Thanks to a new plan announced last week by President Joe Biden, millions of federal student loan borrowers could soon see up to $20,000 in debt erased. Not every student loan borrower is eligible for loan relief. First, only federally owned student loans are eligible. Private student loans are excluded.
Second, high-income borrowers are generally excluded from loan forgiveness. Individual borrowers earning less than $125,000 a year and married couples or heads of households earning less than $250,000 a year will have up to $10,000 of their federal student loans forgiven.
If an eligible borrower also received a federal Pell Grant while in college, they are eligible for up to $20,000 in loan forgiveness. Pell Grants are awarded to millions of low-income students each year based on factors including their family size and income and the costs charged by their colleges. These borrowers are more likely to have trouble repaying their student loans and end up in default.
Here’s what borrowers need to know about the new student loan forgiveness plan:
From what age is the income limit based?
Eligibility is based on the borrower’s adjusted gross income for the 2020 or 2021 tax year. Adjusted gross income may be less than your gross wages because it takes into account tax deductions and adjustments such as contributions to a 401(k) retirement plan.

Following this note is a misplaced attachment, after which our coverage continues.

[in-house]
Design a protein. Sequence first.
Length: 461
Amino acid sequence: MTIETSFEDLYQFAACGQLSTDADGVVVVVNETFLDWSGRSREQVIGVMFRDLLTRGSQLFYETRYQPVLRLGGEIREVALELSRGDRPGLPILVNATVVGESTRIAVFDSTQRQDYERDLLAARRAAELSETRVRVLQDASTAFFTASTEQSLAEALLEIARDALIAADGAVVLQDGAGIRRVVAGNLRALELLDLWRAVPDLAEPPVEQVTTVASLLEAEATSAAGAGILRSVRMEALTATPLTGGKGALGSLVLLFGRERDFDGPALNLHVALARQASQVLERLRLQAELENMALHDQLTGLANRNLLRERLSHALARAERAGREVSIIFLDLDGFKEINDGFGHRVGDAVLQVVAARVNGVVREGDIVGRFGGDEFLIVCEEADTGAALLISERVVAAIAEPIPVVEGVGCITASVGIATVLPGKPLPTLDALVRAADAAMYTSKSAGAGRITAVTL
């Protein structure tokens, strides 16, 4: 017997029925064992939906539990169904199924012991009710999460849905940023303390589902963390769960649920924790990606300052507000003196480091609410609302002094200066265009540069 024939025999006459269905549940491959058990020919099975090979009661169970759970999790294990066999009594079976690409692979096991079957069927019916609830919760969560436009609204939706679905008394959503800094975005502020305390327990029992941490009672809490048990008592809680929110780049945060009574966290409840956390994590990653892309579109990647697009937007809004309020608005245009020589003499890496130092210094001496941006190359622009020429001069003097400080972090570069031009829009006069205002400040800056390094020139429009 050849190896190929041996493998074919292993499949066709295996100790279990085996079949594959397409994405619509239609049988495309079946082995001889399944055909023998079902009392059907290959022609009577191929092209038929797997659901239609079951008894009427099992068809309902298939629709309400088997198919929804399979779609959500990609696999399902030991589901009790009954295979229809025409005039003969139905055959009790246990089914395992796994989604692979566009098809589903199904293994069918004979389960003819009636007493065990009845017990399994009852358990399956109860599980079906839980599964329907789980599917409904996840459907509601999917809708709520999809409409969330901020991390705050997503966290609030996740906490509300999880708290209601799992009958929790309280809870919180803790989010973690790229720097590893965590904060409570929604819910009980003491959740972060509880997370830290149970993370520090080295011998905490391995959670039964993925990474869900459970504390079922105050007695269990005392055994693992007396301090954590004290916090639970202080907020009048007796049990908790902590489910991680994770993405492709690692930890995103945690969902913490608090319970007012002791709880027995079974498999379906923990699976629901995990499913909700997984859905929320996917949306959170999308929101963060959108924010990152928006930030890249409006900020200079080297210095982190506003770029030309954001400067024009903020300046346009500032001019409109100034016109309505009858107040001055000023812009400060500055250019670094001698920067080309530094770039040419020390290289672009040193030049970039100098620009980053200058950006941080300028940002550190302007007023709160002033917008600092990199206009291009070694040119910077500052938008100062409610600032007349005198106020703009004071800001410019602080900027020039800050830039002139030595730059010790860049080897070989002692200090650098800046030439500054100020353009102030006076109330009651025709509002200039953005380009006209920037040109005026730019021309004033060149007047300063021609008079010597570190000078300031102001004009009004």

How will the government know my income?
The Department of Education said it already has income information for about 8 million borrowers, likely due to financial aid forms or previously submitted applications for an income-based repayment plan. These borrowers automatically receive loan relief if they meet income requirements.
Other borrowers must apply for student loan forgiveness if they do not have income information on file with the Department of Education.
When can I ask for a pardon?
The app is expected to be available in early October. You can sign up to be notified when it becomes available via the Department of Education subscription page.
After submitting your application, you can expect to receive student loan relief within four to six weeks.
Do I have to pay tax on the canceled loan amount?
A provision of the America’s Rescue Plan Act passed by Congress last year would require borrowers not to pay federal income tax on forgiven student loan debt.
However, some borrowers may have to pay state income tax on the forgiven loan amount. According to the Tax Foundation, there are several states that may offer debt-free taxes unless state legislative or administrative changes are made beforehand. Depending on the state, the tax liability can be hundreds of dollars.
I am a current student. Do I deserve forgiveness?
Yes, some current students are eligible. For borrowers who have filed the Free Application for Federal Student Aid, known as the FAFSA, eligibility will be based on the individual’s own household income.
Eligibility for borrowers who are enrolled as dependent students, usually under the age of 24, will be based on a parent’s income in 2020 or 2021.
I have student loans from graduate school. Do I deserve forgiveness?
Yes, if your income meets the eligibility threshold.